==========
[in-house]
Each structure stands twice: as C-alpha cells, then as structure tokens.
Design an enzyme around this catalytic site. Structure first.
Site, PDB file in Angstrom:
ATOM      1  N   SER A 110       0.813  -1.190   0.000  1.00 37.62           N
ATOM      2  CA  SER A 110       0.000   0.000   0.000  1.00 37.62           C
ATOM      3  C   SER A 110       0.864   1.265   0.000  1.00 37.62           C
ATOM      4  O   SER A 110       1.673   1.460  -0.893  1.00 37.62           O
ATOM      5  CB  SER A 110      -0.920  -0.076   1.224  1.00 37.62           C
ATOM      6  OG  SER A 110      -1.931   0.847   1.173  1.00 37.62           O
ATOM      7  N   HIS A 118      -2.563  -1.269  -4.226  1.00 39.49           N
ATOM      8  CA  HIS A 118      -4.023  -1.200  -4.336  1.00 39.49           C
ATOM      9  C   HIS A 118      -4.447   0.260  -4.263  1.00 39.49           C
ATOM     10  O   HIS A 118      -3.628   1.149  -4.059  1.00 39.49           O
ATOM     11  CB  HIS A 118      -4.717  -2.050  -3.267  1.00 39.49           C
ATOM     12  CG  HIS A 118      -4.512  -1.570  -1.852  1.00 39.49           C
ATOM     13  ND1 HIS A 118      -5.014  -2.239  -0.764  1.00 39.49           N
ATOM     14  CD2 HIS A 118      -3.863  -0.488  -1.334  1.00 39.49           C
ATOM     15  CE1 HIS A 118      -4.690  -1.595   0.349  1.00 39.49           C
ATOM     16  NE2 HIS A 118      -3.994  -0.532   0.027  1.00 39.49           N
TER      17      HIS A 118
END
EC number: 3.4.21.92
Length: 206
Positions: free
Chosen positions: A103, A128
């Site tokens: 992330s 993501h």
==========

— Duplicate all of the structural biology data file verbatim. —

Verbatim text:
[in-house]
Each structure stands twice: as C-alpha cells, then as structure tokens.
Design an enzyme around this catalytic site. Structure first.
Site, PDB file in Angstrom:
ATOM      1  N   SER A 110       0.813  -1.190   0.000  1.00 37.62           N
ATOM      2  CA  SER A 110       0.000   0.000   0.000  1.00 37.62           C
ATOM      3  C   SER A 110       0.864   1.265   0.000  1.00 37.62           C
ATOM      4  O   SER A 110       1.673   1.460  -0.893  1.00 37.62           O
ATOM      5  CB  SER A 110      -0.920  -0.076   1.224  1.00 37.62           C
ATOM      6  OG  SER A 110      -1.931   0.847   1.173  1.00 37.62           O
ATOM      7  N   HIS A 118      -2.563  -1.269  -4.226  1.00 39.49           N
ATOM      8  CA  HIS A 118      -4.023  -1.200  -4.336  1.00 39.49           C
ATOM      9  C   HIS A 118      -4.447   0.260  -4.263  1.00 39.49           C
ATOM     10  O   HIS A 118      -3.628   1.149  -4.059  1.00 39.49           O
ATOM     11  CB  HIS A 118      -4.717  -2.050  -3.267  1.00 39.49           C
ATOM     12  CG  HIS A 118      -4.512  -1.570  -1.852  1.00 39.49           C
ATOM     13  ND1 HIS A 118      -5.014  -2.239  -0.764  1.00 39.49           N
ATOM     14  CD2 HIS A 118      -3.863  -0.488  -1.334  1.00 39.49           C
ATOM     15  CE1 HIS A 118      -4.690  -1.595   0.349  1.00 39.49           C
ATOM     16  NE2 HIS A 118      -3.994  -0.532   0.027  1.00 39.49           N
TER      17      HIS A 118
END
EC number: 3.4.21.92
Length: 206
Positions: free
Chosen positions: A103, A128
């Site tokens: 992330s 993501h």